For a few weeks during my senior year of college, I stayed up later than my studies required to do two things – write in my purple, spiral-bound journal every day and to read a chapter of Margaret Atwood’s Cat’s Eye.
The first practice was prompted by my infatuation with a man who journalled every day in tiny, tiny handwriting. I soon abandoned it. (I journal still, just not meticulously anymore.)
The second practice I’ve kept up – off and on – for the past almost 20 years. Now, though, as I’ve grown to be the morning person I’ve always sort of been, I read a chapter each morning.
The past two weeks, I’ve been reading Barbara Brown Taylor’s An Altar in the World: A Geography of Faith, one chapter at a time each morning. I am split open by the book.
Not since I read The Cloister Walk by Kathleen Norris have I so resonated with a book. It’s almost as if Brown Taylor took the ideas half-formed in that murky, true part of myself and rolled them out like tapestry before me. I’m not sure, yet – having just finished the book this morning – how all the threads of this work will pluck at my own, but here’s one way I know this matters.
For the past almost three years since Mom died, I have struggled with church. I have battled with the way church becomes so easily about “rightness” and with the way it often – at least for me – ends up being about rules more than compassion. I love (and need) the community of church, but sometimes it seems that being a part of the community as I can be right now is not enough. Sometimes, it seems that attendance at that Sunday morning service is what is required to be a part of that community, and truly, I haven’t been able to do church that way in a long time.
Because my understanding of my faith – which has never wavered, even when I railed at God for allowing so much pain and struggle in my life for the past six years – is so entangled with my understanding of church, I have carried a lot of guilt about needing the time away from a formal church body. I feel like I’m failing or like I’m “not doing it right.”
But Brown Taylor’s book gave me the grace I needed to show myself, the space to own my time away from a church body, the voice to the way that the natural world sings to my soul in a way church has not for a long time. Her book gave me permission to still love God deeply even if I don’t step into a formal church building for a long time to come.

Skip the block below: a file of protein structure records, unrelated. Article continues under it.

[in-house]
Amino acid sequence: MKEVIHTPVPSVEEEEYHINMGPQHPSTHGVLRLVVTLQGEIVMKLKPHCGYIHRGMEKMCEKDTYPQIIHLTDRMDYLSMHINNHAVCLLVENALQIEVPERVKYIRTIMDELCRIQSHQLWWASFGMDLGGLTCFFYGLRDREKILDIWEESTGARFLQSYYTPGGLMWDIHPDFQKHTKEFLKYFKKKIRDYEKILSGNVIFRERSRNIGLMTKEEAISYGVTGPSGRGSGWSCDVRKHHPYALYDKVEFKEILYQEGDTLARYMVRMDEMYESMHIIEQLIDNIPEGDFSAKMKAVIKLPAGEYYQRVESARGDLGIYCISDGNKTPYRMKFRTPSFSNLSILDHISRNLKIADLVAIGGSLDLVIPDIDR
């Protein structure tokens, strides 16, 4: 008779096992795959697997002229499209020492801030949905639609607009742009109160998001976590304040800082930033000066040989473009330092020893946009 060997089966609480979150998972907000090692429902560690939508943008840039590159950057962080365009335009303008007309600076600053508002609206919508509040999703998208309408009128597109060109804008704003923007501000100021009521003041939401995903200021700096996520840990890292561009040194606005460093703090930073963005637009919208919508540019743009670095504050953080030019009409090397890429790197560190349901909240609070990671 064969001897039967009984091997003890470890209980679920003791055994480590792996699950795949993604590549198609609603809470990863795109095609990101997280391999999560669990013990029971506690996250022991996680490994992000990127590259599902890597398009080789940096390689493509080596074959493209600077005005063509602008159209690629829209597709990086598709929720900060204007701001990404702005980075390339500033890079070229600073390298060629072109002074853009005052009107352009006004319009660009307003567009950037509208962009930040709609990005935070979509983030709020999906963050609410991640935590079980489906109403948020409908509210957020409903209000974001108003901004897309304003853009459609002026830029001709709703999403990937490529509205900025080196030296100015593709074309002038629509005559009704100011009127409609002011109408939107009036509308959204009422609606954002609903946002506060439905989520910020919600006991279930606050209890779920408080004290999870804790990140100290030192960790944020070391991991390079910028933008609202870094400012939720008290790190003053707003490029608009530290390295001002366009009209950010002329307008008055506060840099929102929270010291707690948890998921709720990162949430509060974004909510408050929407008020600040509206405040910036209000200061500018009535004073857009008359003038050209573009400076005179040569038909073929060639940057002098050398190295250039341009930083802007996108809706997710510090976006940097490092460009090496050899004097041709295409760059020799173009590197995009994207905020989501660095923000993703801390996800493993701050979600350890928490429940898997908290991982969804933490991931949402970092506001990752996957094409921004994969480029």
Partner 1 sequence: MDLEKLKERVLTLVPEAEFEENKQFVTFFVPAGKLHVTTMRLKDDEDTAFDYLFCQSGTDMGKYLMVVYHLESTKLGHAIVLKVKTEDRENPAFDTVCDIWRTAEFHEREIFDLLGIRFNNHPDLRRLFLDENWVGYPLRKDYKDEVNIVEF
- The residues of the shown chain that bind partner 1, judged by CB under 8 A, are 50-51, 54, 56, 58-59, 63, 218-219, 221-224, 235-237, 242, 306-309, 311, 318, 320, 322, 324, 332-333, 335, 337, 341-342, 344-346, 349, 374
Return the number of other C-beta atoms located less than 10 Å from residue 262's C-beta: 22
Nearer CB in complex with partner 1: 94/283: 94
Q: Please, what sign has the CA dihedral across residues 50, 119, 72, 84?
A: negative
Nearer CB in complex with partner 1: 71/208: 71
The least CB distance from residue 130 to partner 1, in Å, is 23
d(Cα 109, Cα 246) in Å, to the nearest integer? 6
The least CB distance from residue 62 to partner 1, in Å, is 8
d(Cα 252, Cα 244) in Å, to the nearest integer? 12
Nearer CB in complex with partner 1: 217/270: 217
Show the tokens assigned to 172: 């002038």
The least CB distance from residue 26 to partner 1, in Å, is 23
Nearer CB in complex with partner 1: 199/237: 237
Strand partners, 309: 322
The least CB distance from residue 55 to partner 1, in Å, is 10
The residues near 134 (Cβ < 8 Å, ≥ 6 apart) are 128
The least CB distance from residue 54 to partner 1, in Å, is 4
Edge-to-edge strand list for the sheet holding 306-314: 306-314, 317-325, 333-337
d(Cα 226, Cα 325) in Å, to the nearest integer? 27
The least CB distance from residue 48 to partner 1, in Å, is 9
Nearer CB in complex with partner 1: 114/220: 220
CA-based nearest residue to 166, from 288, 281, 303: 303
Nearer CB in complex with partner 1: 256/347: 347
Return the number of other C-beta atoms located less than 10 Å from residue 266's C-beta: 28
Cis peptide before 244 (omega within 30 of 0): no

People encounter God under shady oak trees, on riverbanks, at the tops of mountains, and in long stretches of barren wilderness. God shows up in whirlwinds, starry skies, burning bushes, and perfect strangers. When people want to know more about God, the son of God tells them to pay attention to the lilies of the field and the birds of the air, to women kneading bread and workers lining up for pay.
Whoever wrote this stuff believed that people could learn as much about the ways of God from paying attention to the world as they could from paying attention to scripture. What is true is what happens, even if what happens is not always right. People can learn as much about the ways of God from business deals gone bad or sparrows falling to the ground as they can from reciting the books of the Bible in order. They can learn as much from a love affair or a wildflower as they can from knowing the Ten Commandments by heart.
Oh, how I needed to have this affirmed in me. How much I needed someone to say, “Andi, it’s okay. Find God everywhere. It’s really okay.”
And I needed to hear her words about the value of the human body – my body. I needed her words about presence, her reminder about Brother Lawrence. I needed her quotes from the Upanishads – “God is described as ‘Thou Before Whom All Words Recoil.'” I needed her thoughts on busyness and rest. I needed this book.
And that, that in itself is God’s gift, the graciousness of an all-powerful being taking the spirit and mind of one woman and handing it – inked on tree life – to another.
If you are feeling like God is far, like church hurts, like you need more space, more compassion, more you, more love . . . this book, yeah, this one.
A chapter at a time.